Thursday, June 9, 2011

Updates from Kampala, Week 1...

Today marks our first week in Uganda, and the week's events have certainly provided plenty of topics to write about. As much as I enjoy flying and traveling, spending a day and a half in transit left me fairly exhausted and ready to arrive in Kampala for some time to unwind and adjust to living in Uganda's capital city. The group spent 2 1/2 days in Kampala taking care of a few logistical issues, namely getting cell phones and booking a safari for later in the month, and once these were taken care of we took the time to explore the city and hang out together. Some noteworthy happenings:

-A 2-3 hour adventure to find a hostel located about 4-5 miles away. Eager to stretch our legs and anticipating the hostel to be much closer than it actually was, we decided to walk to there. Unbeknownst to us, we were walking down the same road as the national stadium on the one day of the month when the Ugandan national soccer team was competing for qualification in (next year's?) African cup. Traffic in Kampala is horrific enough on a regular day (hundreds/thousands of vans spewing enough smoke obscure your vision if you are behind them, and then countless numbers of bike taxis weaving in and out of traffic (at first glance it looks extremely reckless, but after observing hundreds of what I thought to be near-collisions, I'm extremely impressed at how adept they are at navigating the traffic)), and the mass of crazed fans screaming, honking horns, and blowing vuvuzuelas made the situation all the more chaotic. We quickly tried to find an alternative route, and within about 30 minutes we found ourselves off our dinky travel book map and next no significant landmarks, as it turns out. We thought that the cattle slaughterhouse we were at would be an easily recognizable place for a taxi to pick us up, so we waited outside a gas station and called for a taxi. Then we waited for about an hour and eventually a gas attendant noticed we could use some help and arranged a ride for us. So, around 3 hours later we made it to the hostel.

-An unwelcomed visitor in the hotel room. Jeffrey, Grant and I split a three person room at the New City Annex hotel-conveniently located near the center of the city and with easy access to just about any modern convenience we could ask for. Despite the great location, the hotel itself was a bit dreary-cinder block walls masked by a thin layer of paint and window shades that couldn't quite hide the iron bars that would prevent an intruder (or escape?). I would not be surprised if sometime during the buildings history it acted as a jailhouse. The doors that could be locked from the outside further reinforced my suspicion. Though for 6 bucks a night it was a steal. So anyways, on our third and final night, unlike the previous two nights, we forgot to lock the door to our room, and when I noticed in the middle of the night the door was unlocked I could not find the key in the darkness , so I kept the door unlocked…Around 6 AM, in that state somewhere b/t sleeping and being fully conscious I sense the unmistakable (and startling) feeling of pressure being placed on the opposite side of the bed and the rustling of my sheets. I look over and see this rather large black woman, clothed only in a bath towel (fortunately it was a very large bath towel) positioned about 8 inches away from my face on the bed…Safe to say I did not see this one coming. I realized I was in a bit of dilemma, so I spent the next few minutes contemplating the various courses of action I could take and the moral desirability of each. . On one hand I could just let the situation be: The woman, now sleeping peacefully next to me, must have had a rough night and was in dire need of some sleep. Who am I to deny her that? Maybe I should just roll over, go back to sleep, and address the situation in a few hours. Do unto others as you would have them do unto you…right? In her condition, I would probably want to keep sleeping.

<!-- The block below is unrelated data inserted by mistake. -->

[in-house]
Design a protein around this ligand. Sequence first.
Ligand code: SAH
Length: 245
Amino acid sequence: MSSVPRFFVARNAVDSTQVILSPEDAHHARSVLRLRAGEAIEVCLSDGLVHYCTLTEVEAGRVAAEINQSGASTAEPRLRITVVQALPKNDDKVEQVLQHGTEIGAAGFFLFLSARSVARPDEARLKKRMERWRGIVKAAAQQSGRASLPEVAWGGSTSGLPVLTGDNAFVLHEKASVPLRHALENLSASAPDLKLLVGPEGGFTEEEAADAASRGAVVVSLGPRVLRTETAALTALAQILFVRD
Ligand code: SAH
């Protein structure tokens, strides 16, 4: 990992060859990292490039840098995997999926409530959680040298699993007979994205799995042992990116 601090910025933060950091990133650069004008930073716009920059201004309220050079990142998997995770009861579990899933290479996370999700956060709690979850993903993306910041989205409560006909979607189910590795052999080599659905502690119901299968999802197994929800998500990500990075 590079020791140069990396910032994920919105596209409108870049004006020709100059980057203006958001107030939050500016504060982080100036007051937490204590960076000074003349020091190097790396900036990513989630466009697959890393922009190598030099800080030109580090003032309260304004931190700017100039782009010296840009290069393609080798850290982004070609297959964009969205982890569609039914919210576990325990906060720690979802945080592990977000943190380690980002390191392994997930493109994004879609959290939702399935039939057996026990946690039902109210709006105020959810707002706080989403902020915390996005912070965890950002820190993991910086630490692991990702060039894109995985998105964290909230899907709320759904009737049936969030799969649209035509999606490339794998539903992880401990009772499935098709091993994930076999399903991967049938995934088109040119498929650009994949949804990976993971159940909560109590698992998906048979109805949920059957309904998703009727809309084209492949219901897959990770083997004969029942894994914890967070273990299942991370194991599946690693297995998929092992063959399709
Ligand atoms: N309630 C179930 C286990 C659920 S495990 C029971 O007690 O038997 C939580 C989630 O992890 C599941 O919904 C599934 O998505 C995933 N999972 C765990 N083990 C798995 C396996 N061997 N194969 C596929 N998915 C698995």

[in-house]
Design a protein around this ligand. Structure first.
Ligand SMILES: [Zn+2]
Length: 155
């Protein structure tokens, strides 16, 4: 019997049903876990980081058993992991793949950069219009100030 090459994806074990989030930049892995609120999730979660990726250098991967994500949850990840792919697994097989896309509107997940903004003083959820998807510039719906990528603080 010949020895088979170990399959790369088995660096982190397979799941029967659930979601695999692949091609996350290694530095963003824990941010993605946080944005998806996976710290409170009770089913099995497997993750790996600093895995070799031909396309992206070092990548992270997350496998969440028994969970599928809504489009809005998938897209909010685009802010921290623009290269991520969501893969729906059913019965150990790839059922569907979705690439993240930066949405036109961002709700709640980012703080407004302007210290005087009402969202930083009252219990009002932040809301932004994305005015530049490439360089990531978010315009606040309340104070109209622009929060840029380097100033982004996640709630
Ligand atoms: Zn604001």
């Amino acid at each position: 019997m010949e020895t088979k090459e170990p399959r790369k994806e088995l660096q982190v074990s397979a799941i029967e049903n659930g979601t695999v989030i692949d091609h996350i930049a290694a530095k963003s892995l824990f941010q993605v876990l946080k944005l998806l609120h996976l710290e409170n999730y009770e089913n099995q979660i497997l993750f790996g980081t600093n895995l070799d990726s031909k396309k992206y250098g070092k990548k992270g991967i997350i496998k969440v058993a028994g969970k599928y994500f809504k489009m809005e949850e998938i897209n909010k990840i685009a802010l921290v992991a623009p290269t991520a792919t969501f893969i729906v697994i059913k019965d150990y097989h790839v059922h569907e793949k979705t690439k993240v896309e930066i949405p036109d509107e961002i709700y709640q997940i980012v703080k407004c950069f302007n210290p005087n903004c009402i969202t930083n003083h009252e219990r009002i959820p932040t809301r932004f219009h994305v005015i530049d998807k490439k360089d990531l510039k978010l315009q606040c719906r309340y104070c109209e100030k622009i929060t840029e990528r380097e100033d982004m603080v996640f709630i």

On the other hand, I had paid for the bed, in essence it was my property for the night, and I therefore had the right to exclude her from use. And she is a stranger, and she's in a bath towel, and this situation is really weird.

Okay, in reality, I jumped to this latter conclusion almost instantly, and I ran outside waving my arms and trying to convey the urgency of the situation to the hotel maids who could not understand my English. After a few minutes of poking her to get up and summoning the gentleman in the room next to us (whom I am assuming she was with, though I did not ask for details) the lady left the room. Mission accomplished.

This entry is getting longer than I anticipated, and I hope it does not paint a bleak picture of my travels so far. Besides a few strange occurrences, I am having a great time and am thoroughly enjoying Uganda. I will discuss more about my internship, the great family I am staying w/, and any further adventures in my next blog.


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